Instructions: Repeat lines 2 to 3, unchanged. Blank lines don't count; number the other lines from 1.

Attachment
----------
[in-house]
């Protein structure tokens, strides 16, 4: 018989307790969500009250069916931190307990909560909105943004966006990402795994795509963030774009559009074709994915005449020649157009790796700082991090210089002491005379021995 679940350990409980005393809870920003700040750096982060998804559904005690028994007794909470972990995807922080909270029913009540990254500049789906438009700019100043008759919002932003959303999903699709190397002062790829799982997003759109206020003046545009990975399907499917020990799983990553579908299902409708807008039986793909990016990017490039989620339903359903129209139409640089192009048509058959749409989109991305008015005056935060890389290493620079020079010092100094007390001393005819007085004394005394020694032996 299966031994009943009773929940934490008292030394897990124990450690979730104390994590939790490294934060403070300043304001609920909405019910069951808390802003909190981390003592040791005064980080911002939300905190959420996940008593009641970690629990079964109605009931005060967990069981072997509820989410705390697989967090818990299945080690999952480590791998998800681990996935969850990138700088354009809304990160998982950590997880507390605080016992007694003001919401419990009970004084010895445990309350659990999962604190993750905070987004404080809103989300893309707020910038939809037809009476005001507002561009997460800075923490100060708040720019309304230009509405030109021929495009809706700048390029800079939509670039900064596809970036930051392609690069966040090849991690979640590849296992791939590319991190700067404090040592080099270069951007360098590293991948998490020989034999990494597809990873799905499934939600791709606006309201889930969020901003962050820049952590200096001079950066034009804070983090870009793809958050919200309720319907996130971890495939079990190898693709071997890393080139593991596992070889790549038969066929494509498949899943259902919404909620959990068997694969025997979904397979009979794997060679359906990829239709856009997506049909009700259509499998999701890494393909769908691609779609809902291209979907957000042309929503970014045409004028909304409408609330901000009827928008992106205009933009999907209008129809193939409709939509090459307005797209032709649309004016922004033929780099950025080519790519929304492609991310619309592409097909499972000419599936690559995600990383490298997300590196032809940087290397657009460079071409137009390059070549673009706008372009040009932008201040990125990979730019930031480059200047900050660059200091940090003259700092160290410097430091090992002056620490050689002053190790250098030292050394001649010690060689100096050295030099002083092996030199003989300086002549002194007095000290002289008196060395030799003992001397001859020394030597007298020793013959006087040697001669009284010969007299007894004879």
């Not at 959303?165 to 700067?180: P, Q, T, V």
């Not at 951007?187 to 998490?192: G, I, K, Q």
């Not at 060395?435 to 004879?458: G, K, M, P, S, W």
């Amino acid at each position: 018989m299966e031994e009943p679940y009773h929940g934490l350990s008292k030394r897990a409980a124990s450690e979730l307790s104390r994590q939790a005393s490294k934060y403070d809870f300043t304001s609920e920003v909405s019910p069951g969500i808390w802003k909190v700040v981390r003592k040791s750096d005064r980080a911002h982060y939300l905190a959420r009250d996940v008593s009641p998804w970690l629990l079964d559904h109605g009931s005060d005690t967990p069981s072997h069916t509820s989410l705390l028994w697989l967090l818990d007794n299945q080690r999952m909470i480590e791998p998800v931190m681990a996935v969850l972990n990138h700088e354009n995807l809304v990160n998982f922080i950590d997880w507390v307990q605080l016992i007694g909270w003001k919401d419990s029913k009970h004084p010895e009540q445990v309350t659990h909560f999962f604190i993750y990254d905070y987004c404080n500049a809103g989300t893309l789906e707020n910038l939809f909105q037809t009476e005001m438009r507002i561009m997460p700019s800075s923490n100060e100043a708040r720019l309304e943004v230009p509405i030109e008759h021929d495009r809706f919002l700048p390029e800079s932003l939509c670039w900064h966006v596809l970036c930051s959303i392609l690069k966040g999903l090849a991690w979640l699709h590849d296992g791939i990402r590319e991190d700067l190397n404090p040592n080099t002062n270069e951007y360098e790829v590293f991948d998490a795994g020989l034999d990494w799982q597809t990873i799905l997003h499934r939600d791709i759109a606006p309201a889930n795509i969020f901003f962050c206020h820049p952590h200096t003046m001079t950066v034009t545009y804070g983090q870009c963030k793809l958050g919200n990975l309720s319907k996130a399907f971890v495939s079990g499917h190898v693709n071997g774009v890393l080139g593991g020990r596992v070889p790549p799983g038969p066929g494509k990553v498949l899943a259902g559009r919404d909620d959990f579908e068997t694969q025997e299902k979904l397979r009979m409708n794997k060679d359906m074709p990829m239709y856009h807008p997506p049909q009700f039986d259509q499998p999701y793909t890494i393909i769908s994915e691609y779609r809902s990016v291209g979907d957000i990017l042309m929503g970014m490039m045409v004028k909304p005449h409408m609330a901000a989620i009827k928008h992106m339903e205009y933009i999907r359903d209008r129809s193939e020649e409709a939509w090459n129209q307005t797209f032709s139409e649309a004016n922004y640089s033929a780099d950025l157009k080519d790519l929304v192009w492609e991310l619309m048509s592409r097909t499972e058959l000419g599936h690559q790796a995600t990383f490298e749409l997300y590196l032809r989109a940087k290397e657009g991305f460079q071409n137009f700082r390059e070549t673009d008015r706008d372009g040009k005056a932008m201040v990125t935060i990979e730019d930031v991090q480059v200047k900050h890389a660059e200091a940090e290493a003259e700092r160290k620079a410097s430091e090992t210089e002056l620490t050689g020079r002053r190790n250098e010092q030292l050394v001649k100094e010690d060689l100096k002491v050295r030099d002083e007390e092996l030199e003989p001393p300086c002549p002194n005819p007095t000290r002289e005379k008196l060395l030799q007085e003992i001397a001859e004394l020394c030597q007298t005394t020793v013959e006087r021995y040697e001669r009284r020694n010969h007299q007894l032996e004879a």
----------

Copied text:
């Protein structure tokens, strides 16, 4: 018989307790969500009250069916931190307990909560909105943004966006990402795994795509963030774009559009074709994915005449020649157009790796700082991090210089002491005379021995 679940350990409980005393809870920003700040750096982060998804559904005690028994007794909470972990995807922080909270029913009540990254500049789906438009700019100043008759919002932003959303999903699709190397002062790829799982997003759109206020003046545009990975399907499917020990799983990553579908299902409708807008039986793909990016990017490039989620339903359903129209139409640089192009048509058959749409989109991305008015005056935060890389290493620079020079010092100094007390001393005819007085004394005394020694032996 299966031994009943009773929940934490008292030394897990124990450690979730104390994590939790490294934060403070300043304001609920909405019910069951808390802003909190981390003592040791005064980080911002939300905190959420996940008593009641970690629990079964109605009931005060967990069981072997509820989410705390697989967090818990299945080690999952480590791998998800681990996935969850990138700088354009809304990160998982950590997880507390605080016992007694003001919401419990009970004084010895445990309350659990999962604190993750905070987004404080809103989300893309707020910038939809037809009476005001507002561009997460800075923490100060708040720019309304230009509405030109021929495009809706700048390029800079939509670039900064596809970036930051392609690069966040090849991690979640590849296992791939590319991190700067404090040592080099270069951007360098590293991948998490020989034999990494597809990873799905499934939600791709606006309201889930969020901003962050820049952590200096001079950066034009804070983090870009793809958050919200309720319907996130971890495939079990190898693709071997890393080139593991596992070889790549038969066929494509498949899943259902919404909620959990068997694969025997979904397979009979794997060679359906990829239709856009997506049909009700259509499998999701890494393909769908691609779609809902291209979907957000042309929503970014045409004028909304409408609330901000009827928008992106205009933009999907209008129809193939409709939509090459307005797209032709649309004016922004033929780099950025080519790519929304492609991310619309592409097909499972000419599936690559995600990383490298997300590196032809940087290397657009460079071409137009390059070549673009706008372009040009932008201040990125990979730019930031480059200047900050660059200091940090003259700092160290410097430091090992002056620490050689002053190790250098030292050394001649010690060689100096050295030099002083092996030199003989300086002549002194007095000290002289008196060395030799003992001397001859020394030597007298020793013959006087040697001669009284010969007299007894004879």
């Not at 959303?165 to 700067?180: P, Q, T, V």